Beacon Food Forest: nurturing food sovereignty in the big city
By Katherine Lupo
Living in an urban center decreases one’s carbon footprint in many ways- everything from shared water and heating to more consistent use of public transportation. But living in a city is hard on one’s “food footprint”, as produce is often shipped from distant rural areas. However, a community in Seattle is fighting this problem by implementing the largest food forest, Beacon Food Forest, on public land in the country just two and a half miles from the city center.
A Food Forest mimics a natural woodland ecosystem, but substitutes the area’s natural vegetation for fruit and nut trees, berry shrubs and other edible plants. Food Forests also utilize agroecology by combining these plants with companion or beneficial plants that: attract insects for natural pest management, naturally fix nitrogen into the soil and provide mulch to preserve soil fertility. By mimicking a natural forest’s ecosystem, Food Forests provide high yields of food with less maintenance than a traditional garden/farm.
The Beacon Food Forest was envisioned in 2009, as an edible park where members of the working-class Beacon Hill community can come to forage for their own food, free of charge. Through numerous neighborhood grants the seven-acre food forest is slowly becoming a reality, with the help of a design team headed by landscape architect Margret Harrison and permaculture designer Jenny Pell. They have designed the forest to include an edible arboretum that includes fruit trees from all over the world, medicinal herbs, nut groves that provide food and shade, and numerous collective and family gardening plots that can be leased to gardeners for a mere $10 a year. The list of plants planned for the Food Forest has grown from a hundred species to over a thousand different ones as members in the multicultural community propose their favorite fruits and vegetables from their native countries.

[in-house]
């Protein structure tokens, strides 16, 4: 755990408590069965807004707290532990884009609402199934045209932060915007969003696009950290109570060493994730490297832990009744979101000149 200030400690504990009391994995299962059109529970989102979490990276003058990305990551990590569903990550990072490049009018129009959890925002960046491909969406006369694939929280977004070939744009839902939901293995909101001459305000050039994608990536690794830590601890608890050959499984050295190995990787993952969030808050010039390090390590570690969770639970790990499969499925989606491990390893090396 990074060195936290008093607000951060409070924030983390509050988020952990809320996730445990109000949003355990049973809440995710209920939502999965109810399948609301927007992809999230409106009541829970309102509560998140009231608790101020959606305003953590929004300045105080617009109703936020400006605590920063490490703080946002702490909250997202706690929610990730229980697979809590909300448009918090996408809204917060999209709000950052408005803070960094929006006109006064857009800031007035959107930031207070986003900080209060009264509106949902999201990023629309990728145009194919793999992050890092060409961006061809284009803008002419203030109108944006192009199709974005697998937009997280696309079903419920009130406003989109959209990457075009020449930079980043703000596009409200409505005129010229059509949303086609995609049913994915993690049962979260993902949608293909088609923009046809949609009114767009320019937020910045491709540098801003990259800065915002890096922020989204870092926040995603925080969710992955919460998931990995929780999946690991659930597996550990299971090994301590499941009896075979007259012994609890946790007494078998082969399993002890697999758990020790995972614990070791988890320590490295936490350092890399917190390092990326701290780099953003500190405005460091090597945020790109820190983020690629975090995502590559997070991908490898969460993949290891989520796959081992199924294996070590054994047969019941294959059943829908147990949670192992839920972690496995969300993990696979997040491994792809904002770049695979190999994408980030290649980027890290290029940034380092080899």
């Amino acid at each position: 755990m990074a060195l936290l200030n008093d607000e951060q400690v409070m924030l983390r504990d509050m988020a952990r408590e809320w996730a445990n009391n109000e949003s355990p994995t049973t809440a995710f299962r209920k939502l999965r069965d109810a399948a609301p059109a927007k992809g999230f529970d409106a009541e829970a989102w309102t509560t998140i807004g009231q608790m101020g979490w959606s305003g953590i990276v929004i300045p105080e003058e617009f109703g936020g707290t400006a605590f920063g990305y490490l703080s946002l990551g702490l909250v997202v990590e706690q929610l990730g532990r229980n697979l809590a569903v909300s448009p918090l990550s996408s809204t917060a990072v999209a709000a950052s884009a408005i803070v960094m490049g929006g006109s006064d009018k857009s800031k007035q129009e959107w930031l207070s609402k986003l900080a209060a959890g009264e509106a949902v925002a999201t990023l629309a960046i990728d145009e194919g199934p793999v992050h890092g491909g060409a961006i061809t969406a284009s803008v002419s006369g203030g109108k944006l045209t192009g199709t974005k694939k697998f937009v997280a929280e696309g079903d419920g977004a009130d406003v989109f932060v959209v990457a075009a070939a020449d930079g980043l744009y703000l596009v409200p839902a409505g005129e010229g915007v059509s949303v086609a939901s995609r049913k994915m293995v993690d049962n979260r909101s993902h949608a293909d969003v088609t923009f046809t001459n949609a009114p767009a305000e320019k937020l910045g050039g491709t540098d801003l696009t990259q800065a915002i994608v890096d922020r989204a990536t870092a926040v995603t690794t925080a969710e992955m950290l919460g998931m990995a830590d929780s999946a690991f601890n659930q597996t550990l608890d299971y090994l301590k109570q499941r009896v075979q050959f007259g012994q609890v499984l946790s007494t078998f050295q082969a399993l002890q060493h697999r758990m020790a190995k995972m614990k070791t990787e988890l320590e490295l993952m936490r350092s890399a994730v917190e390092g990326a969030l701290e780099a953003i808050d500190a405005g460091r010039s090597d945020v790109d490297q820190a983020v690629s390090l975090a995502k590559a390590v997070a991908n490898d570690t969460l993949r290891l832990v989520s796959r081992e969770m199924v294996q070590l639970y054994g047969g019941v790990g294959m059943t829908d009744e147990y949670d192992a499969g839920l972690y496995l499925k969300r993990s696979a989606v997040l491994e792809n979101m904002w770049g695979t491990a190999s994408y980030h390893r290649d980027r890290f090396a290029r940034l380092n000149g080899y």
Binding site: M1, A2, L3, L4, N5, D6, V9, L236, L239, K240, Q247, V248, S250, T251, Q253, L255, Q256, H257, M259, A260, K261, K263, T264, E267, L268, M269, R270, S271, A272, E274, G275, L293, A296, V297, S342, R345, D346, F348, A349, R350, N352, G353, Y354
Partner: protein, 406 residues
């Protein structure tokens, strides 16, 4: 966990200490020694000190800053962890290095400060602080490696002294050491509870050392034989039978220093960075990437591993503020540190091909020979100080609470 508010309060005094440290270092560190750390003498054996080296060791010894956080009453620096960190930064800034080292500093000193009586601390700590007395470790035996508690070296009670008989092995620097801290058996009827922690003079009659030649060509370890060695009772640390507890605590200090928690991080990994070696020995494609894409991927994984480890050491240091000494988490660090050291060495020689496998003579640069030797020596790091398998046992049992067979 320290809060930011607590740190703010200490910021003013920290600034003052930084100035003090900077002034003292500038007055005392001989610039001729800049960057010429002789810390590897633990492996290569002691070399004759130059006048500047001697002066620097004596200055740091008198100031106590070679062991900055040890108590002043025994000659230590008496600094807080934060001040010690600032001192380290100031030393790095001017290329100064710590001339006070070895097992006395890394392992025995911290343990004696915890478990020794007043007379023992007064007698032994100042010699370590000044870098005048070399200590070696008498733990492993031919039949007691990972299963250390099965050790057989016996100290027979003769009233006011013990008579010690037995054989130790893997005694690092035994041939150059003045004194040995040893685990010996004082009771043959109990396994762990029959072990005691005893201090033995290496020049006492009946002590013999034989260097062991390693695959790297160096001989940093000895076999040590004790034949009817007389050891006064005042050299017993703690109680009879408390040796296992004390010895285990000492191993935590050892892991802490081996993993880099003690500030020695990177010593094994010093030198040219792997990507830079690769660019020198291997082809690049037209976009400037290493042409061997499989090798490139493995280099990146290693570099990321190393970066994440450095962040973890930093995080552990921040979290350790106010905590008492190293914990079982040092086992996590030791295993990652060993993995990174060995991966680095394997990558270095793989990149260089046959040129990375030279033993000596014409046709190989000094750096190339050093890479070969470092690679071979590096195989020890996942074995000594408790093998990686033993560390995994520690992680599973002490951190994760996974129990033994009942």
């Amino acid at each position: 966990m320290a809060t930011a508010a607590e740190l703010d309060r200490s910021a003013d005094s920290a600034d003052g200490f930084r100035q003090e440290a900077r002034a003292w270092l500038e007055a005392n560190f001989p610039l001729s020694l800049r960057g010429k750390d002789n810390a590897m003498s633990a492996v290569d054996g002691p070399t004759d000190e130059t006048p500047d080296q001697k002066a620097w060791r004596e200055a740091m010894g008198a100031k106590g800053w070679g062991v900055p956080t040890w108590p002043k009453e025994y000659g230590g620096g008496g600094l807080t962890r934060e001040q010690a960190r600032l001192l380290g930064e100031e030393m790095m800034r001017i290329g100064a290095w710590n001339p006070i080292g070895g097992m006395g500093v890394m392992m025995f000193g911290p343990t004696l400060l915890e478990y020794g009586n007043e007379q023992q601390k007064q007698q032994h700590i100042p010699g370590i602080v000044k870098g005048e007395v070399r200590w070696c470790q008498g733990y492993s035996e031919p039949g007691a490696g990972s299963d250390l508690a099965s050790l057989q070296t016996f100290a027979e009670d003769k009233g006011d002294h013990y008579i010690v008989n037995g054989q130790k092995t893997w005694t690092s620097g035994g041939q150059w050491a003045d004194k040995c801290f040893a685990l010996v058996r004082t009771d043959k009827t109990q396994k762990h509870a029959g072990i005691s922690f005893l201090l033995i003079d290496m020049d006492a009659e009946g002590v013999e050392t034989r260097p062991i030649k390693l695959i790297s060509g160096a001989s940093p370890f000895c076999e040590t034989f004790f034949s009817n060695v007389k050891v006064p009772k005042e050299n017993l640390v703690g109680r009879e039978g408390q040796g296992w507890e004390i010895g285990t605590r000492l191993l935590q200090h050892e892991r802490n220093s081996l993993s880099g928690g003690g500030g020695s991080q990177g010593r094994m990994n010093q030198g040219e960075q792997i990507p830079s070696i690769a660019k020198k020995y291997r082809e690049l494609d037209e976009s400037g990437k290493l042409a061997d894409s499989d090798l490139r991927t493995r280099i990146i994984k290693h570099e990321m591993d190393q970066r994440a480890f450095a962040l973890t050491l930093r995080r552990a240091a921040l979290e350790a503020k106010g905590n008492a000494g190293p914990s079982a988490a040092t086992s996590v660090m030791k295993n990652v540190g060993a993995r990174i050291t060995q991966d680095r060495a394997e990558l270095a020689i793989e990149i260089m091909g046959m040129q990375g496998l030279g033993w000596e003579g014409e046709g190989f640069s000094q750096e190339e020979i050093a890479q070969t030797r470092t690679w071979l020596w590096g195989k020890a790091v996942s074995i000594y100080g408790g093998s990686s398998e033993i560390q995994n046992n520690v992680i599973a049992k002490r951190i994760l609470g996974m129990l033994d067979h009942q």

The Beacon Food Forest just broke ground in July of 2012, but already they are seeing results. Community involvement is a key component to making this forest a success, and the Beacon Food Forest Committee is always looking for more volunteers to get involved in the project. Co-founder Glen Herlihy says that, "It's a food system being developed in a neighborhood that's looking for more self-reliance. “It's getting people together by having a common denominator: soil." Once the Food Forest has been realized they will, in addition to providing free produce to the community, offer classes to teach people about soil building, fruit tree care, seed saving, community garden stewardship and many more skills that can be utilized anywhere.
The founders of the Beacon Food Forest says, “Our goal is to design, plant and grow an edible urban forest garden that inspires our community to gather together, grow our own food and rehabilitate our local ecosystem”, and even now are fostering the next generation through kid’s programs that teach children where their food comes from and how to grow it. This sharing of knowledge empowers our children to become locally food sovereign and has the potential to greatly reduce stress on our environment and improve our health by once again intimately linking us to the food we eat.